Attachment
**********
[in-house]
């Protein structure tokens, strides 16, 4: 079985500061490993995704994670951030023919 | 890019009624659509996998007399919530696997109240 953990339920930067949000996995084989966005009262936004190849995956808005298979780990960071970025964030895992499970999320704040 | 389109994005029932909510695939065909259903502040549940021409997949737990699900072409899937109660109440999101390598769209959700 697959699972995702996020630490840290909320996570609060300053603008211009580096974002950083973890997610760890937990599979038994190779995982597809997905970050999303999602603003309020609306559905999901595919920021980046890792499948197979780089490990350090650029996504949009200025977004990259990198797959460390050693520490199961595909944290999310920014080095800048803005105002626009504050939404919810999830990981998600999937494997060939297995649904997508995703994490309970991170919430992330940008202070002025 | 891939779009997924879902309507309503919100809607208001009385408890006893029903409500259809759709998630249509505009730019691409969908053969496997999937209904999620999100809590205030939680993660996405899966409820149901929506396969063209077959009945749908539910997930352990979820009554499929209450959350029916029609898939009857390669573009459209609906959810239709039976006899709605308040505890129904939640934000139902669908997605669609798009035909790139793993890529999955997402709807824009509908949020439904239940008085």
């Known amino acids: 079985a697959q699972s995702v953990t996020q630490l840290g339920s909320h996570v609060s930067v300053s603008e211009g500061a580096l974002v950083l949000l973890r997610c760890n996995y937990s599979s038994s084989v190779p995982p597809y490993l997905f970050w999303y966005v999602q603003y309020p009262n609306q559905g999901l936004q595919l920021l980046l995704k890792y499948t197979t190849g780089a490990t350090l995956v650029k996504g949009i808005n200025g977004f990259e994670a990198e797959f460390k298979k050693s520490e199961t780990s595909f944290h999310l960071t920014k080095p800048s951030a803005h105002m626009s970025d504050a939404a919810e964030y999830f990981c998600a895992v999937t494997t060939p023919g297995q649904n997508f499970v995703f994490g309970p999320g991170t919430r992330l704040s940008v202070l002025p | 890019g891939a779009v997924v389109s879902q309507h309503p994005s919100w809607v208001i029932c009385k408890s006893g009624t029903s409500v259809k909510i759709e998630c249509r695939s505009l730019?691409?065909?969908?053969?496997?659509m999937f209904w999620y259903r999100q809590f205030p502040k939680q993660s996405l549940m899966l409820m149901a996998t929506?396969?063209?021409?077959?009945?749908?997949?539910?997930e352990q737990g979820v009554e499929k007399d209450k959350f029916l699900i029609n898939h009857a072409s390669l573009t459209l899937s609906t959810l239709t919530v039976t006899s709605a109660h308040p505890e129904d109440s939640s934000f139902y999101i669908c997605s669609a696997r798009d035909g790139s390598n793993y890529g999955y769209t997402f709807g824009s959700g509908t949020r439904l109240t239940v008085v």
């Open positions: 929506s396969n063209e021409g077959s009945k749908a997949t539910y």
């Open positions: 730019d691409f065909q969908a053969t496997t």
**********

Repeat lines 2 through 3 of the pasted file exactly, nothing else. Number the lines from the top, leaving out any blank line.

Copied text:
């Protein structure tokens, strides 16, 4: 079985500061490993995704994670951030023919 | 890019009624659509996998007399919530696997109240 953990339920930067949000996995084989966005009262936004190849995956808005298979780990960071970025964030895992499970999320704040 | 389109994005029932909510695939065909259903502040549940021409997949737990699900072409899937109660109440999101390598769209959700 697959699972995702996020630490840290909320996570609060300053603008211009580096974002950083973890997610760890937990599979038994190779995982597809997905970050999303999602603003309020609306559905999901595919920021980046890792499948197979780089490990350090650029996504949009200025977004990259990198797959460390050693520490199961595909944290999310920014080095800048803005105002626009504050939404919810999830990981998600999937494997060939297995649904997508995703994490309970991170919430992330940008202070002025 | 891939779009997924879902309507309503919100809607208001009385408890006893029903409500259809759709998630249509505009730019691409969908053969496997999937209904999620999100809590205030939680993660996405899966409820149901929506396969063209077959009945749908539910997930352990979820009554499929209450959350029916029609898939009857390669573009459209609906959810239709039976006899709605308040505890129904939640934000139902669908997605669609798009035909790139793993890529999955997402709807824009509908949020439904239940008085």
């Known amino acids: 079985a697959q699972s995702v953990t996020q630490l840290g339920s909320h996570v609060s930067v300053s603008e211009g500061a580096l974002v950083l949000l973890r997610c760890n996995y937990s599979s038994s084989v190779p995982p597809y490993l997905f970050w999303y966005v999602q603003y309020p009262n609306q559905g999901l936004q595919l920021l980046l995704k890792y499948t197979t190849g780089a490990t350090l995956v650029k996504g949009i808005n200025g977004f990259e994670a990198e797959f460390k298979k050693s520490e199961t780990s595909f944290h999310l960071t920014k080095p800048s951030a803005h105002m626009s970025d504050a939404a919810e964030y999830f990981c998600a895992v999937t494997t060939p023919g297995q649904n997508f499970v995703f994490g309970p999320g991170t919430r992330l704040s940008v202070l002025p | 890019g891939a779009v997924v389109s879902q309507h309503p994005s919100w809607v208001i029932c009385k408890s006893g009624t029903s409500v259809k909510i759709e998630c249509r695939s505009l730019?691409?065909?969908?053969?496997?659509m999937f209904w999620y259903r999100q809590f205030p502040k939680q993660s996405l549940m899966l409820m149901a996998t929506?396969?063209?021409?077959?009945?749908?997949?539910?997930e352990q737990g979820v009554e499929k007399d209450k959350f029916l699900i029609n898939h009857a072409s390669l573009t459209l899937s609906t959810l239709t919530v039976t006899s709605a109660h308040p505890e129904d109440s939640s934000f139902y999101i669908c997605s669609a696997r798009d035909g790139s390598n793993y890529g999955y769209t997402f709807g824009s959700g509908t949020r439904l109240t239940v008085v």